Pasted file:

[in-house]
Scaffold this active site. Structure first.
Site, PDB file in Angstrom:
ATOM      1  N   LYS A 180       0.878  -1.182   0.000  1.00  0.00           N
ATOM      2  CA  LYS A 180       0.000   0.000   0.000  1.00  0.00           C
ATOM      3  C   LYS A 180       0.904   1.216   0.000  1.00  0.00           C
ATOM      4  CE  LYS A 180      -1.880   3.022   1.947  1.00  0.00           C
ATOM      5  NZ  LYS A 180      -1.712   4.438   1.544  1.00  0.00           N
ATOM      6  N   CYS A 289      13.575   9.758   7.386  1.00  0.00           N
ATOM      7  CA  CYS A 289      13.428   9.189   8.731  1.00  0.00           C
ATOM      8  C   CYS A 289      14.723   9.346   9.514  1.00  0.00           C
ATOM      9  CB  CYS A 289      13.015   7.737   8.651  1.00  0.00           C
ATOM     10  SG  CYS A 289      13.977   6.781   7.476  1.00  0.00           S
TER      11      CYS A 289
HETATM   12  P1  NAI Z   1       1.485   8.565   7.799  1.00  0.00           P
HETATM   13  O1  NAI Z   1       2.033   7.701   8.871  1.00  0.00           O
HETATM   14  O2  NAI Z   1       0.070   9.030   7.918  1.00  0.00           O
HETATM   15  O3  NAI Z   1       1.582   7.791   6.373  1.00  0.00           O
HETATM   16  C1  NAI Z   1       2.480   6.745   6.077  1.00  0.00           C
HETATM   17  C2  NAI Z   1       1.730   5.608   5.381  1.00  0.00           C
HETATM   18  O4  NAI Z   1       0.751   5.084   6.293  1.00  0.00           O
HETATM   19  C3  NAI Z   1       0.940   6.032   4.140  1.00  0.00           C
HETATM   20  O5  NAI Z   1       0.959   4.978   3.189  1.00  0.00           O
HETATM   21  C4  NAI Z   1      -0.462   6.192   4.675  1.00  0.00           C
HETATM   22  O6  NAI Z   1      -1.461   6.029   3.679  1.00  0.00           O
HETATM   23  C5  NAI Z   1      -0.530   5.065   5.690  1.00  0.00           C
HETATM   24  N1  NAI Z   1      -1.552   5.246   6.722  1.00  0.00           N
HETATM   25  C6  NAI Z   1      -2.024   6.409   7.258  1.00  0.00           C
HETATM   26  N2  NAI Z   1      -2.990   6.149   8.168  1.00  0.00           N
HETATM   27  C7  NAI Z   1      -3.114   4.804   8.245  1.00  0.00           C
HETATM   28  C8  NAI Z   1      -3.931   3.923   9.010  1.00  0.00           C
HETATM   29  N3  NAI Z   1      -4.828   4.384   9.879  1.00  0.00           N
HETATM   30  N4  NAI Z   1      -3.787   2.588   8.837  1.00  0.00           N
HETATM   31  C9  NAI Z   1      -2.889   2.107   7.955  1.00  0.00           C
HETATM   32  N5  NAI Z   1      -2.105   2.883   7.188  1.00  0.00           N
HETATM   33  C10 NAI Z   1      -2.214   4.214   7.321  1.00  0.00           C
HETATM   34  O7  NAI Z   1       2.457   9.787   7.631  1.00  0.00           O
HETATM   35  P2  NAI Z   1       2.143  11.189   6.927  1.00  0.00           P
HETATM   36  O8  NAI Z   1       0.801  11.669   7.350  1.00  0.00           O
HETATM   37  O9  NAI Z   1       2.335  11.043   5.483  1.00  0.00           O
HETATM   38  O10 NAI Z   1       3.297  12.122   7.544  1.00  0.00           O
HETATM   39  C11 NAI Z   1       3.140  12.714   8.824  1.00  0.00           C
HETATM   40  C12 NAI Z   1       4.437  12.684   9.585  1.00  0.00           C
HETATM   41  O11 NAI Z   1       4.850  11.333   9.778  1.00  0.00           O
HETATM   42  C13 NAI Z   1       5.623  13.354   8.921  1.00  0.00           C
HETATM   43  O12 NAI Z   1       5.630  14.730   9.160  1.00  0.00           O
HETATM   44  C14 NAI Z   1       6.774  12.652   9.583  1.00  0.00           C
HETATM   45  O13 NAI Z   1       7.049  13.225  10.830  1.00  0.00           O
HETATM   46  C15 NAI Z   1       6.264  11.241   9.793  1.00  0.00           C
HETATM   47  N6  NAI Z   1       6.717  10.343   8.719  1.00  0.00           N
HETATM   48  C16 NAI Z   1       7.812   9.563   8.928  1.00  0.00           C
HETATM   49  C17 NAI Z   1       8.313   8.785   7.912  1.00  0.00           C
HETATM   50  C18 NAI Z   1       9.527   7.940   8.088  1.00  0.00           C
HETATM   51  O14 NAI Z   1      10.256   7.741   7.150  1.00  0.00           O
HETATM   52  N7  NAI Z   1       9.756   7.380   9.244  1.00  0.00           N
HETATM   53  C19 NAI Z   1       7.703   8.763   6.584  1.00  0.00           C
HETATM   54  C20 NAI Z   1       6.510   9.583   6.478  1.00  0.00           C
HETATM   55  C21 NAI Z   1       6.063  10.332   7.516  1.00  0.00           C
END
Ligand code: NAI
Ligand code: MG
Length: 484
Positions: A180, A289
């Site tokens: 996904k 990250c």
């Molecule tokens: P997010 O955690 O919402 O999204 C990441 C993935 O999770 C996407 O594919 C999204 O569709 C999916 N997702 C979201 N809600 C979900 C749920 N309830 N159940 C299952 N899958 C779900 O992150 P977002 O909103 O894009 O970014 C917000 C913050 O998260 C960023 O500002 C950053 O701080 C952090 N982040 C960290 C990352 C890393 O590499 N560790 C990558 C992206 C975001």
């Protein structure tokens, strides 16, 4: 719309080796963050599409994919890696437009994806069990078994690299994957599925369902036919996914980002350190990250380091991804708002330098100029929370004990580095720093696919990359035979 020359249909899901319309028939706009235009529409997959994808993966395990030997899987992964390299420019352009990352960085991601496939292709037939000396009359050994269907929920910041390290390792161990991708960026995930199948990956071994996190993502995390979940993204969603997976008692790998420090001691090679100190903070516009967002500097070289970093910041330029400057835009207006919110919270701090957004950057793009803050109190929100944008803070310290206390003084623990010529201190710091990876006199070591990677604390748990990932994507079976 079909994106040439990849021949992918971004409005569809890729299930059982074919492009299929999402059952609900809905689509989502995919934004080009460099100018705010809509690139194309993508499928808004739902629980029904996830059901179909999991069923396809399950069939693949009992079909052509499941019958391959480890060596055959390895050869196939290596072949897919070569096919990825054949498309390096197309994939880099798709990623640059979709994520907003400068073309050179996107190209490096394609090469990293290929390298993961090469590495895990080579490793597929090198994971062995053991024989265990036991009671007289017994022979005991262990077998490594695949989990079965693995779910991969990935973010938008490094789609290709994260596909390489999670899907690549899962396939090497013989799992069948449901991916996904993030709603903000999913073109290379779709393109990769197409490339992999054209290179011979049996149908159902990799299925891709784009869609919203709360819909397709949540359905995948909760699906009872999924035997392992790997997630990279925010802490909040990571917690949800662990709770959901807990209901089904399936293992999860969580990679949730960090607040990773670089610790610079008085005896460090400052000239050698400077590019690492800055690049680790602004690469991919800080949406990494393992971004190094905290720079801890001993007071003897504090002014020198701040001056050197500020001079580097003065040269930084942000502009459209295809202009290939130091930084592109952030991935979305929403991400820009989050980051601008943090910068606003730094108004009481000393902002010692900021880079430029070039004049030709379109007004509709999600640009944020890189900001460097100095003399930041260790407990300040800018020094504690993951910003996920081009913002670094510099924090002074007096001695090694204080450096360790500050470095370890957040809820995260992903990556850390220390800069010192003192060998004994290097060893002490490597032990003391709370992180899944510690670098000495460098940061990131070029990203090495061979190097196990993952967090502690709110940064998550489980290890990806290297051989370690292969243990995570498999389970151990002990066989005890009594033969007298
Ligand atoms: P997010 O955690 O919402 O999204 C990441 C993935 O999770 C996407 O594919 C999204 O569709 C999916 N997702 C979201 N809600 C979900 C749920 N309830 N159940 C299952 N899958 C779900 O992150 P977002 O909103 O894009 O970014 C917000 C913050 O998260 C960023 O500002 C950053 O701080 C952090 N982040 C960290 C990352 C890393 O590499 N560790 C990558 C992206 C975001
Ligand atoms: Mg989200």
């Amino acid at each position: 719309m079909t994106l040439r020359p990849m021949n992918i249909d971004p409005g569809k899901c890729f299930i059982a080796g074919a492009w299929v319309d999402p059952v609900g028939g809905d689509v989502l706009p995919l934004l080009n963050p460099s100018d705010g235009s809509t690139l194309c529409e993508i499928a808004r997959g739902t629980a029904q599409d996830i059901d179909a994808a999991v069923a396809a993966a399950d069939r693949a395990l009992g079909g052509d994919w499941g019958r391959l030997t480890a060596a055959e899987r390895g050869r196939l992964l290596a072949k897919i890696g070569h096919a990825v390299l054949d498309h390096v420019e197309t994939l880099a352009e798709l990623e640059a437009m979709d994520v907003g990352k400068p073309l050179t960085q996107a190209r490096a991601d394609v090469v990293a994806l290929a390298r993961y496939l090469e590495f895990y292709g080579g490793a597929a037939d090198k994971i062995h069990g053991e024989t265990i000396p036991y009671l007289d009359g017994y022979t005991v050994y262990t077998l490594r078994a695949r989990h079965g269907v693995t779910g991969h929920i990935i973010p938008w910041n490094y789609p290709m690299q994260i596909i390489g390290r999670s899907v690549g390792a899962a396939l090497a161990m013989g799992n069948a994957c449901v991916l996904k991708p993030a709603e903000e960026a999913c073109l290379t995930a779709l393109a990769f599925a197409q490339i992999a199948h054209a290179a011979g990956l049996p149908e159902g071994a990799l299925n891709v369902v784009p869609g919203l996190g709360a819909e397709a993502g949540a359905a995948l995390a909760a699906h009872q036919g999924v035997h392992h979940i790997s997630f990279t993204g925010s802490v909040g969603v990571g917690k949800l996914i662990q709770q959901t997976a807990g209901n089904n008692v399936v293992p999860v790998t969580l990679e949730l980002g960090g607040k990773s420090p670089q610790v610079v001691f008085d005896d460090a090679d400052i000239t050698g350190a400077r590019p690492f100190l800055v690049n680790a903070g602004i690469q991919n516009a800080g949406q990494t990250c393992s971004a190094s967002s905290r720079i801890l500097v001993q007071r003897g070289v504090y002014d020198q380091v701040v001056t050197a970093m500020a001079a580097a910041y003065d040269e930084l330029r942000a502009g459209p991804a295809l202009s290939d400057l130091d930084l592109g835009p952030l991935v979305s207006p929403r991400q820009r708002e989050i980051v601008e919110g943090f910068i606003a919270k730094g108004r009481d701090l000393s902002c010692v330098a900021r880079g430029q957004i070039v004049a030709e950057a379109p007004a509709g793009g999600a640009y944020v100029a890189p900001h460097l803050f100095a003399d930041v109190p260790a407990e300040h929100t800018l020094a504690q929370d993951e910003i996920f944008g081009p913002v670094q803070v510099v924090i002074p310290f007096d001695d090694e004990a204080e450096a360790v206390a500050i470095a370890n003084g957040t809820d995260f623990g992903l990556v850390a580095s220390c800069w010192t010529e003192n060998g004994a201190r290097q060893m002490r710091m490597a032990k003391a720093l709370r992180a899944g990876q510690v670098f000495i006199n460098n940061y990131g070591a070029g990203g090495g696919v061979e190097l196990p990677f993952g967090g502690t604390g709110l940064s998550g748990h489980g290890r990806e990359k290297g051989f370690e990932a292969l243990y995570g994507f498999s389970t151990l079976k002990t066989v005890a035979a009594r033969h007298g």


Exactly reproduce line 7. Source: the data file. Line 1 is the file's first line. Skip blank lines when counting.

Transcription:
ATOM      4  CE  LYS A 180      -1.880   3.022   1.947  1.00  0.00           C